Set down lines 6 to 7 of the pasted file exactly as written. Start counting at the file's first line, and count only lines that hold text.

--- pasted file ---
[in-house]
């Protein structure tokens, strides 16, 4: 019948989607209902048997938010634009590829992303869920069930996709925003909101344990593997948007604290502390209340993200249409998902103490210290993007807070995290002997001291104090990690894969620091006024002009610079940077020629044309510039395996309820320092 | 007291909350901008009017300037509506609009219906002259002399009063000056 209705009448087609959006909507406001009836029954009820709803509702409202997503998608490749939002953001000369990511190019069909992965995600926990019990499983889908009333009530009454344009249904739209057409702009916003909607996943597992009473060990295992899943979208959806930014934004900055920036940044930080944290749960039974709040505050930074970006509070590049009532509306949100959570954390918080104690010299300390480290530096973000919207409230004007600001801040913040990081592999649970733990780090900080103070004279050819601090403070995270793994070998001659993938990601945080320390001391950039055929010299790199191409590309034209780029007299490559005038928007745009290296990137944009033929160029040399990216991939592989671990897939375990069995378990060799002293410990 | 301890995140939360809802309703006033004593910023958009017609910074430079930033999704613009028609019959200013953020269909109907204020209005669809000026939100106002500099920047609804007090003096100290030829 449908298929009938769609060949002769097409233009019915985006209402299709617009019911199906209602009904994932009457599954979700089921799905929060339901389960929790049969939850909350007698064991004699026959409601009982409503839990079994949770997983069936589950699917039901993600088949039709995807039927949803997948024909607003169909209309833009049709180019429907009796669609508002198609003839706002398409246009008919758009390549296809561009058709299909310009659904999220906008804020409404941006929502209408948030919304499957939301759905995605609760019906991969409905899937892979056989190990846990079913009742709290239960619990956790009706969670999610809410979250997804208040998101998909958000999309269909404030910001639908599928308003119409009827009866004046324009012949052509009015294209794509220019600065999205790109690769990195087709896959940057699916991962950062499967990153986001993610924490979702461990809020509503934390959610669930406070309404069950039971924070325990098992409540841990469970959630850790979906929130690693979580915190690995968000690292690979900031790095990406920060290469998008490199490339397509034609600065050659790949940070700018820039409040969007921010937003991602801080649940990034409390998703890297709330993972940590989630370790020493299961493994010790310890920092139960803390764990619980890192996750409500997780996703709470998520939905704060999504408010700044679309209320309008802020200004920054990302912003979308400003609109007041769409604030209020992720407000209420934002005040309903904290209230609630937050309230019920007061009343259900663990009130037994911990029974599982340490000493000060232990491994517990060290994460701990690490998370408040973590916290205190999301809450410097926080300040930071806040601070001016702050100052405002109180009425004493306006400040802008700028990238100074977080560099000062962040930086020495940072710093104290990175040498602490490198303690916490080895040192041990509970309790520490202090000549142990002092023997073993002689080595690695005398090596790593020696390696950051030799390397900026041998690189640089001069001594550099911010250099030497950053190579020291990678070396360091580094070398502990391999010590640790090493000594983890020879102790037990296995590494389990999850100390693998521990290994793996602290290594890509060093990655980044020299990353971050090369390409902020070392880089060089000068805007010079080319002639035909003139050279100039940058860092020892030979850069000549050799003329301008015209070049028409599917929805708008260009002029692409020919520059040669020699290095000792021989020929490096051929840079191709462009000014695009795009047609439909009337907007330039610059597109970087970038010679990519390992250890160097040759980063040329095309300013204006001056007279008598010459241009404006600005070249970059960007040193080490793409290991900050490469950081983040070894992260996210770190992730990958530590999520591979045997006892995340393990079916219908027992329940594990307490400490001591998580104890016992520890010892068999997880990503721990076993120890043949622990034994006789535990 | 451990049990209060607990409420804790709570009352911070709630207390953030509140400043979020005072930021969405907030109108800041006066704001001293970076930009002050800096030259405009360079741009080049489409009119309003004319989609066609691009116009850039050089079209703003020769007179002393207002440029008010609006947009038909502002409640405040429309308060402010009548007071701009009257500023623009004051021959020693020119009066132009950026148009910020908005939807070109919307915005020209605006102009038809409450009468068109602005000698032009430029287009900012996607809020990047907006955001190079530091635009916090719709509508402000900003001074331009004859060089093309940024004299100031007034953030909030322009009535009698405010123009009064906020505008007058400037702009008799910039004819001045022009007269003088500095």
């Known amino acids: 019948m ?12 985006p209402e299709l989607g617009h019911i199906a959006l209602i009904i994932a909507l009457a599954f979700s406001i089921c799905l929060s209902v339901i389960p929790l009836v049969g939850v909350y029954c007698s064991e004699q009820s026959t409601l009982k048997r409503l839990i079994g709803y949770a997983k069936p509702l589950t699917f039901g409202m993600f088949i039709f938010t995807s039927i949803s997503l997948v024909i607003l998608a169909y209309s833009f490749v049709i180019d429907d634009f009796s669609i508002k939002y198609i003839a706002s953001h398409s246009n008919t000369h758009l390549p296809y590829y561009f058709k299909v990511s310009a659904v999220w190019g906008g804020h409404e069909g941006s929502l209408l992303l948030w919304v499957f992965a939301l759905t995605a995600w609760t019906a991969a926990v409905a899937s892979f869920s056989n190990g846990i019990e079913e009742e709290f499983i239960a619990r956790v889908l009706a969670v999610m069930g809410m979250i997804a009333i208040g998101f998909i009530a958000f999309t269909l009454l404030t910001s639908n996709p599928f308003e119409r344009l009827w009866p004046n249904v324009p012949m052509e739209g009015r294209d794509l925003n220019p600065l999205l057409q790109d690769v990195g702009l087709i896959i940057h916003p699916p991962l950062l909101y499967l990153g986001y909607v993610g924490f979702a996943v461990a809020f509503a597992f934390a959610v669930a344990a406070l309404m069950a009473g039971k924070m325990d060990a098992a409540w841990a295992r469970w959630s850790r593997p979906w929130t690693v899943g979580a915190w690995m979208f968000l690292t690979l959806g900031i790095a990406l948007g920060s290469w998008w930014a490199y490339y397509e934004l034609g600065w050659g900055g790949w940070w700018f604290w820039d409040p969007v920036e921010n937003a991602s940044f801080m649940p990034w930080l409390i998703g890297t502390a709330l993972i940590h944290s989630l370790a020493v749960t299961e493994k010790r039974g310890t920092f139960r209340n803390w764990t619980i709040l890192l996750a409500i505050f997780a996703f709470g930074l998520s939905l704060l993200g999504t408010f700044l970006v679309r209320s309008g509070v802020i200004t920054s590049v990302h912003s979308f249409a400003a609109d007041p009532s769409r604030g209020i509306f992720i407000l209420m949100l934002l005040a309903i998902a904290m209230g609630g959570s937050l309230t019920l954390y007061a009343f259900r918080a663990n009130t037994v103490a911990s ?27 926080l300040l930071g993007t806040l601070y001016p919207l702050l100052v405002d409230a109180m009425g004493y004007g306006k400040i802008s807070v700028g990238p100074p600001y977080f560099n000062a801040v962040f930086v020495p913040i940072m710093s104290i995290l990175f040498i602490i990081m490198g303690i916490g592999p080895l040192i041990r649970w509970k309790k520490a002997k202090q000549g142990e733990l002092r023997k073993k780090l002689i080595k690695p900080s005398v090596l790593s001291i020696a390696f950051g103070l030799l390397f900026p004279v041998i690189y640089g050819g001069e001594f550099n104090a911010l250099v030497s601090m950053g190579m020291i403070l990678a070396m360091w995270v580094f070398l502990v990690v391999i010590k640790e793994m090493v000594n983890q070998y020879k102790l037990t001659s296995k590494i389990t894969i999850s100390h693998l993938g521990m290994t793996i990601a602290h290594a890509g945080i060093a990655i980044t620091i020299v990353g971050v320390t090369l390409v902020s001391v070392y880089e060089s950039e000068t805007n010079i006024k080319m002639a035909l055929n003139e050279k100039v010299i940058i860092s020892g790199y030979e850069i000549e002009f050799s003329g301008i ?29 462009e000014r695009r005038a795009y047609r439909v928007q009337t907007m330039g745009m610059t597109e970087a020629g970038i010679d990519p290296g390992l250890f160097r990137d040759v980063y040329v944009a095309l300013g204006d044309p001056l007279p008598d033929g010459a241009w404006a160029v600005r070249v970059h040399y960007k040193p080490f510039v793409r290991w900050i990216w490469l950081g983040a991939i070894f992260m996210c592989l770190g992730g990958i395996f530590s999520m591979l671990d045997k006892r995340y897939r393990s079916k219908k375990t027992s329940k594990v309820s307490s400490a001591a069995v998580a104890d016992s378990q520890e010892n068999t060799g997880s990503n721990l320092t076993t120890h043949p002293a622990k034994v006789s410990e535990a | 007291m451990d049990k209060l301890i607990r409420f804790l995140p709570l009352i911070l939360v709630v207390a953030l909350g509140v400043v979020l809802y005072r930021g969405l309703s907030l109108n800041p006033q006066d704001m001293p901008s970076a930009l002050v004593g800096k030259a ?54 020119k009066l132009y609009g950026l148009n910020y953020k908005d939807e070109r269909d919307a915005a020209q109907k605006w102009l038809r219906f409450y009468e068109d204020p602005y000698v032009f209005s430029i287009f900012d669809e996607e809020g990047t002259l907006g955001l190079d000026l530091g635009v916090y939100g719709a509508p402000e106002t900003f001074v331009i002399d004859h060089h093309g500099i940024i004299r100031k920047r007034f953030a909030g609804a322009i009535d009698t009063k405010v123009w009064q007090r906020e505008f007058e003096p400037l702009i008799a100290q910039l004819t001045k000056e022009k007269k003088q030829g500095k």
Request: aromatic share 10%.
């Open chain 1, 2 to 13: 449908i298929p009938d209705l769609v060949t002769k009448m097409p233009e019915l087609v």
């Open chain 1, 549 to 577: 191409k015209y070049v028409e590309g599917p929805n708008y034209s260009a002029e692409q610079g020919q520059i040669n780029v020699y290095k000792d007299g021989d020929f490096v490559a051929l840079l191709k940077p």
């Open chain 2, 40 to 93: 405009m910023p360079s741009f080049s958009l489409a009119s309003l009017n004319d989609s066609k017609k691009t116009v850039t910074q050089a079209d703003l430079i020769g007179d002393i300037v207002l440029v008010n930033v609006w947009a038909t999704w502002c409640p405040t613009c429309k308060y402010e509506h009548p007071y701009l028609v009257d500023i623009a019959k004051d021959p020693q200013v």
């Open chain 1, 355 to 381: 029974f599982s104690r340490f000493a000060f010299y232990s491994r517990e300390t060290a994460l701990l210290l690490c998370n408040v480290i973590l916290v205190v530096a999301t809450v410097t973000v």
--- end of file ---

């Open chain 1, 549 to 577: 191409k015209y070049v028409e590309g599917p929805n708008y034209s260009a002029e692409q610079g020919q520059i040669n780029v020699y290095k000792d007299g021989d020929f490096v490559a051929l840079l191709k940077p």
């Open chain 2, 40 to 93: 405009m910023p360079s741009f080049s958009l489409a009119s309003l009017n004319d989609s066609k017609k691009t116009v850039t910074q050089a079209d703003l430079i020769g007179d002393i300037v207002l440029v008010n930033v609006w947009a038909t999704w502002c409640p405040t613009c429309k308060y402010e509506h009548p007071y701009l028609v009257d500023i623009a019959k004051d021959p020693q200013v």